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Abstract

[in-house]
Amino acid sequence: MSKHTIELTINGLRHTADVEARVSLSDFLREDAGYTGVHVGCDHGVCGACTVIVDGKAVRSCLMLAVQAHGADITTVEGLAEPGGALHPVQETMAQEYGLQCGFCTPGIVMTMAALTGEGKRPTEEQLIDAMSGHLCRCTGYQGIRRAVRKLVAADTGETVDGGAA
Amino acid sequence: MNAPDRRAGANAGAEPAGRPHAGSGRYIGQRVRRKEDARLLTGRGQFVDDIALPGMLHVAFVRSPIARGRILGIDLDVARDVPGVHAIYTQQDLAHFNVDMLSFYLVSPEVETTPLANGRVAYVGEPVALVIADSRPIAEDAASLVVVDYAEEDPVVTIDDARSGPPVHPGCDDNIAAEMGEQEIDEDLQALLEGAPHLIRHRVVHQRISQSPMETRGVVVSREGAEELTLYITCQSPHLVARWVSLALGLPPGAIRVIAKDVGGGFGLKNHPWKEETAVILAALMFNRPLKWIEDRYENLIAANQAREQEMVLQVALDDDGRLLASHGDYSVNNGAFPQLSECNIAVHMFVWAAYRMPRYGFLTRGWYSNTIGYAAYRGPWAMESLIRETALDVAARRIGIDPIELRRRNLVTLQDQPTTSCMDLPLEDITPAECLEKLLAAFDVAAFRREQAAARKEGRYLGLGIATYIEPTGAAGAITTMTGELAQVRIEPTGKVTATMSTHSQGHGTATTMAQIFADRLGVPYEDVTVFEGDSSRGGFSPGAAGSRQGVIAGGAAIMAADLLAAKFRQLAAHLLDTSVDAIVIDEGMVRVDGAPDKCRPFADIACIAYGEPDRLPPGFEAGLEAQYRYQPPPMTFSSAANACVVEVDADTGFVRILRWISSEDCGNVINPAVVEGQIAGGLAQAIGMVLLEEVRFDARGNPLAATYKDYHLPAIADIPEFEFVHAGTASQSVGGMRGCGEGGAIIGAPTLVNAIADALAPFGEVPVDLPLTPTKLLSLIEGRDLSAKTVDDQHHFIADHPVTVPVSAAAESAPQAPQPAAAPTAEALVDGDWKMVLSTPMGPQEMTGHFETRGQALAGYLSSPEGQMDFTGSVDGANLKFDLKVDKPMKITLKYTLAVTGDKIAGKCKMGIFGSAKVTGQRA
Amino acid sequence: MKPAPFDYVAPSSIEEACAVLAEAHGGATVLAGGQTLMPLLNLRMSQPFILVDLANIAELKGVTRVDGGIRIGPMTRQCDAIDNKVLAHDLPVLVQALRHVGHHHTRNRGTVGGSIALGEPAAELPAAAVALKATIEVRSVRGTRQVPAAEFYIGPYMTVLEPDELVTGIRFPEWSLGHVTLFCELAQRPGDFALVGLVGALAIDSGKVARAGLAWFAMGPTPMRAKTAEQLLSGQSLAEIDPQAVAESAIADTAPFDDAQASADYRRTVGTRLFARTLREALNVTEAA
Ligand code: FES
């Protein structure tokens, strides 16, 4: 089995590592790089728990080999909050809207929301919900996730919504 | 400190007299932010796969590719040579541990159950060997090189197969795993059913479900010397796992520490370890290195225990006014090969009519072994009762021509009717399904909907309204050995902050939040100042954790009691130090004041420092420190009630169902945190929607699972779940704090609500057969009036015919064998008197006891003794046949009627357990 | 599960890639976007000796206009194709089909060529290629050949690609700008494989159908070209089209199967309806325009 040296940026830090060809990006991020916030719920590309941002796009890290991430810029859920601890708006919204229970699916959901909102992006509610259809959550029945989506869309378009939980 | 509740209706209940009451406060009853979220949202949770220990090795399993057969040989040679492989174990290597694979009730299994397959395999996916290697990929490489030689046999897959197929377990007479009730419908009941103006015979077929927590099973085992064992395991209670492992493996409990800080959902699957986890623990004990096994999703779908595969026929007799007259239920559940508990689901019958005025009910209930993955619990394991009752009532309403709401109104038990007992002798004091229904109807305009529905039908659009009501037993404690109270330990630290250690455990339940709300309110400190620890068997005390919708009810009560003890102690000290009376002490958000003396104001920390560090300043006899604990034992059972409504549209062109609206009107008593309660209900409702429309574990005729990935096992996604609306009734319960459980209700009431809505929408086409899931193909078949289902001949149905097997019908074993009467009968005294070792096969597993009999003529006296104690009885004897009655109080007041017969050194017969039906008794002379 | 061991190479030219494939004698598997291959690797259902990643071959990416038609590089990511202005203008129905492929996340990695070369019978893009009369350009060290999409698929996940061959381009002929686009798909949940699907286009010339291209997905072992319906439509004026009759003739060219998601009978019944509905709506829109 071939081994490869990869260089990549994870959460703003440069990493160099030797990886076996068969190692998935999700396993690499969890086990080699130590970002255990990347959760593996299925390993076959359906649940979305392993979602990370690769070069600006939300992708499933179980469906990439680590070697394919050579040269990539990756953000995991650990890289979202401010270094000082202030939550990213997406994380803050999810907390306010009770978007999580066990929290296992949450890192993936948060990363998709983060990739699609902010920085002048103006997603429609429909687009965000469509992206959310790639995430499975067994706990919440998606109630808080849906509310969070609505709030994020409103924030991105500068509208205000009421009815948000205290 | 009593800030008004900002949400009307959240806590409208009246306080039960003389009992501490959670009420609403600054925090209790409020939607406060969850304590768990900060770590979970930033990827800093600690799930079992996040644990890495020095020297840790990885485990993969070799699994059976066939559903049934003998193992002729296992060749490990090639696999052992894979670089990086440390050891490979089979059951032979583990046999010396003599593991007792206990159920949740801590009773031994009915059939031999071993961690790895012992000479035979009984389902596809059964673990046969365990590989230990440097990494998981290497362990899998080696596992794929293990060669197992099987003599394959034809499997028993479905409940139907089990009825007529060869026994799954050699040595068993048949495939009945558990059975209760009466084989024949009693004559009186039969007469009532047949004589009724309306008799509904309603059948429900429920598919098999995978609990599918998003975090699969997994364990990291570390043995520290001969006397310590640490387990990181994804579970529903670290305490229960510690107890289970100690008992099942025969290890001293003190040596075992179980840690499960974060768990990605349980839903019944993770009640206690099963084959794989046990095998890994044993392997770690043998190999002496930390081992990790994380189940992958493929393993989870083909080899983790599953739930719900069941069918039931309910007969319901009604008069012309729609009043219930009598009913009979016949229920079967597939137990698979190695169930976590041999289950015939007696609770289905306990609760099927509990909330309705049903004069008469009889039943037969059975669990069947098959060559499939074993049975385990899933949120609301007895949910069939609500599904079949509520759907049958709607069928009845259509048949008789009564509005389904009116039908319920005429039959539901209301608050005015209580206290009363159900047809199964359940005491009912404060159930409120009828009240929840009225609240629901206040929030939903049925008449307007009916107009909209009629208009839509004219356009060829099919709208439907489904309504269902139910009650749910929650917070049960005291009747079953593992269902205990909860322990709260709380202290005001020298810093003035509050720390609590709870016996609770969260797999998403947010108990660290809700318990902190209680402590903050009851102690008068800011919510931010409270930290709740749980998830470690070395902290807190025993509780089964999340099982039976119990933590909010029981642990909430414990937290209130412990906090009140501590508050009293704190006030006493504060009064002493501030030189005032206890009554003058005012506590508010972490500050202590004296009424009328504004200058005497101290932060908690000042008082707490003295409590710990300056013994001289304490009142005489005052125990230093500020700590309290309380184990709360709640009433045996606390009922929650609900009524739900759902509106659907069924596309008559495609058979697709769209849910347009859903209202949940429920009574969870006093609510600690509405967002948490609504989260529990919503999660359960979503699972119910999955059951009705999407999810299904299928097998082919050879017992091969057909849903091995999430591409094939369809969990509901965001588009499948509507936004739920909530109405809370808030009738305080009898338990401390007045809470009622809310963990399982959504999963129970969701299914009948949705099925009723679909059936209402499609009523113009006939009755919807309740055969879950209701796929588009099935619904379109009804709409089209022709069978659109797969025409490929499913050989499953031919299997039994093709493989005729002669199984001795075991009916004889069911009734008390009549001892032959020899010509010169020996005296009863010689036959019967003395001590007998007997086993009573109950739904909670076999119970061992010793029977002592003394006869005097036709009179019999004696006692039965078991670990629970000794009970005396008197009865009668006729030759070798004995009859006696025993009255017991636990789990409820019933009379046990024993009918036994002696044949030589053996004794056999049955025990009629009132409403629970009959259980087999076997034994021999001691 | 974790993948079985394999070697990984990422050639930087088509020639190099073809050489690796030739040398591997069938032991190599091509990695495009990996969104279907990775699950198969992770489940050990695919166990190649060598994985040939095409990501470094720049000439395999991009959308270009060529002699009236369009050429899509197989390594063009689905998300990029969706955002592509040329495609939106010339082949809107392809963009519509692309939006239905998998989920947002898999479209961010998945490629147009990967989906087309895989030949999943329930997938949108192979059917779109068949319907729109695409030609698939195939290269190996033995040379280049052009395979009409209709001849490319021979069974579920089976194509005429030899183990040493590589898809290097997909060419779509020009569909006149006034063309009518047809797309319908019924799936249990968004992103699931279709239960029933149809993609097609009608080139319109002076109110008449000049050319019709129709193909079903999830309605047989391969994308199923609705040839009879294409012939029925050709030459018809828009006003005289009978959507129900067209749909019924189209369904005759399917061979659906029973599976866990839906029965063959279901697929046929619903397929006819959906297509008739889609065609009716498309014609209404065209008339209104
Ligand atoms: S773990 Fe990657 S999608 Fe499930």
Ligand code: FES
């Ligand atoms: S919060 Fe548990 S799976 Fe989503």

Using a self-regulatory process, individuals act upon their cognitive and emotional representations of health threats to actively manage their health. Leventhal’s common-sense model describes cognitive representations of illness that include perceptions about the identity, timeline, consequences, control and cause of illness. Research has shown that individuals’ illness perceptions predict health behaviours and functional outcomes, particularly when perceptions are specific. Psychometric assessments of illness perceptions need to have the ability to detect specific and idiosyncratic perceptions and emotions; methods include rating scales and patients’ drawings of their illness. Recent randomised trials have demonstrated that interventions can change illness perceptions and improve health outcomes in patient groups, including those with normal test-results, and that family members also benefit from such interventions. These innovations inform clinical applications for improving patient health.